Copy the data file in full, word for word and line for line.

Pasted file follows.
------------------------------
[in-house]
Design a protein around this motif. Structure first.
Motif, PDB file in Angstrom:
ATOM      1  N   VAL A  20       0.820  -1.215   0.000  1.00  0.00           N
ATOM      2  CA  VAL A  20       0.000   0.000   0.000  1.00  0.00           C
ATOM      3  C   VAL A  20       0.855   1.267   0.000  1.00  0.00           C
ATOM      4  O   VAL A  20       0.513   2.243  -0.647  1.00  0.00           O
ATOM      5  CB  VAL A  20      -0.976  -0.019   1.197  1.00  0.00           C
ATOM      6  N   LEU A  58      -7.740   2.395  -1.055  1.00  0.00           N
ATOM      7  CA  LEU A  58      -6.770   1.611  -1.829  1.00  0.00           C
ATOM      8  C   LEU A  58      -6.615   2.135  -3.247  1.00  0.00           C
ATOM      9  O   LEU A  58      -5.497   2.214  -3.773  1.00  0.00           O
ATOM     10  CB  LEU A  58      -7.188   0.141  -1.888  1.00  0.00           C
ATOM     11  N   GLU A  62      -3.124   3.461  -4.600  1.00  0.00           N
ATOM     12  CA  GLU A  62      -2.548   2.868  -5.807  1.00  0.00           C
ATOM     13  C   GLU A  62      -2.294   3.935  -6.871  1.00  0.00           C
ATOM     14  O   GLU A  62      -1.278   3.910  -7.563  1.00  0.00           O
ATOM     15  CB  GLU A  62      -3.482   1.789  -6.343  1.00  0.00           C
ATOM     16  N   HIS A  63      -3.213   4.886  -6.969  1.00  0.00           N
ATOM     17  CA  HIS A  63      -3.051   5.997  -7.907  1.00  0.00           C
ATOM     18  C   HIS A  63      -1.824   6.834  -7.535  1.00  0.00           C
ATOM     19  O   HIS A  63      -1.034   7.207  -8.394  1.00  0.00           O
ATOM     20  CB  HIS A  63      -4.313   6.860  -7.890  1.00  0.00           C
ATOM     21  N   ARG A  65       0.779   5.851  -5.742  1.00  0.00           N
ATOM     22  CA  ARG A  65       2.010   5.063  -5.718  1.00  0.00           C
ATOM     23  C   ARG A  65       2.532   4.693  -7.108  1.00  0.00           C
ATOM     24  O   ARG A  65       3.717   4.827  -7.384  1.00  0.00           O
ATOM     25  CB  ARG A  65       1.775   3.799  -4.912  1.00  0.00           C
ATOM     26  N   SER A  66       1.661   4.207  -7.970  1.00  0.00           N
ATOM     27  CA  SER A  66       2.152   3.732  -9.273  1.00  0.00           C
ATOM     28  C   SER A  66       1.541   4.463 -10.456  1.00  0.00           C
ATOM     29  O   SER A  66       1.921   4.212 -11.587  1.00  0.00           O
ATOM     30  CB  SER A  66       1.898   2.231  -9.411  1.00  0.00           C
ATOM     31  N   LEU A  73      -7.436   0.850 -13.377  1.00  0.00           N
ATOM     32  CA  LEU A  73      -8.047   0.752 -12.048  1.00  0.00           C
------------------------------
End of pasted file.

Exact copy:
[in-house]
Design a protein around this motif. Structure first.
Motif, PDB file in Angstrom:
ATOM      1  N   VAL A  20       0.820  -1.215   0.000  1.00  0.00           N
ATOM      2  CA  VAL A  20       0.000   0.000   0.000  1.00  0.00           C
ATOM      3  C   VAL A  20       0.855   1.267   0.000  1.00  0.00           C
ATOM      4  O   VAL A  20       0.513   2.243  -0.647  1.00  0.00           O
ATOM      5  CB  VAL A  20      -0.976  -0.019   1.197  1.00  0.00           C
ATOM      6  N   LEU A  58      -7.740   2.395  -1.055  1.00  0.00           N
ATOM      7  CA  LEU A  58      -6.770   1.611  -1.829  1.00  0.00           C
ATOM      8  C   LEU A  58      -6.615   2.135  -3.247  1.00  0.00           C
ATOM      9  O   LEU A  58      -5.497   2.214  -3.773  1.00  0.00           O
ATOM     10  CB  LEU A  58      -7.188   0.141  -1.888  1.00  0.00           C
ATOM     11  N   GLU A  62      -3.124   3.461  -4.600  1.00  0.00           N
ATOM     12  CA  GLU A  62      -2.548   2.868  -5.807  1.00  0.00           C
ATOM     13  C   GLU A  62      -2.294   3.935  -6.871  1.00  0.00           C
ATOM     14  O   GLU A  62      -1.278   3.910  -7.563  1.00  0.00           O
ATOM     15  CB  GLU A  62      -3.482   1.789  -6.343  1.00  0.00           C
ATOM     16  N   HIS A  63      -3.213   4.886  -6.969  1.00  0.00           N
ATOM     17  CA  HIS A  63      -3.051   5.997  -7.907  1.00  0.00           C
ATOM     18  C   HIS A  63      -1.824   6.834  -7.535  1.00  0.00           C
ATOM     19  O   HIS A  63      -1.034   7.207  -8.394  1.00  0.00           O
ATOM     20  CB  HIS A  63      -4.313   6.860  -7.890  1.00  0.00           C
ATOM     21  N   ARG A  65       0.779   5.851  -5.742  1.00  0.00           N
ATOM     22  CA  ARG A  65       2.010   5.063  -5.718  1.00  0.00           C
ATOM     23  C   ARG A  65       2.532   4.693  -7.108  1.00  0.00           C
ATOM     24  O   ARG A  65       3.717   4.827  -7.384  1.00  0.00           O
ATOM     25  CB  ARG A  65       1.775   3.799  -4.912  1.00  0.00           C
ATOM     26  N   SER A  66       1.661   4.207  -7.970  1.00  0.00           N
ATOM     27  CA  SER A  66       2.152   3.732  -9.273  1.00  0.00           C
ATOM     28  C   SER A  66       1.541   4.463 -10.456  1.00  0.00           C
ATOM     29  O   SER A  66       1.921   4.212 -11.587  1.00  0.00           O
ATOM     30  CB  SER A  66       1.898   2.231  -9.411  1.00  0.00           C
ATOM     31  N   LEU A  73      -7.436   0.850 -13.377  1.00  0.00           N
ATOM     32  CA  LEU A  73      -8.047   0.752 -12.048  1.00  0.00           C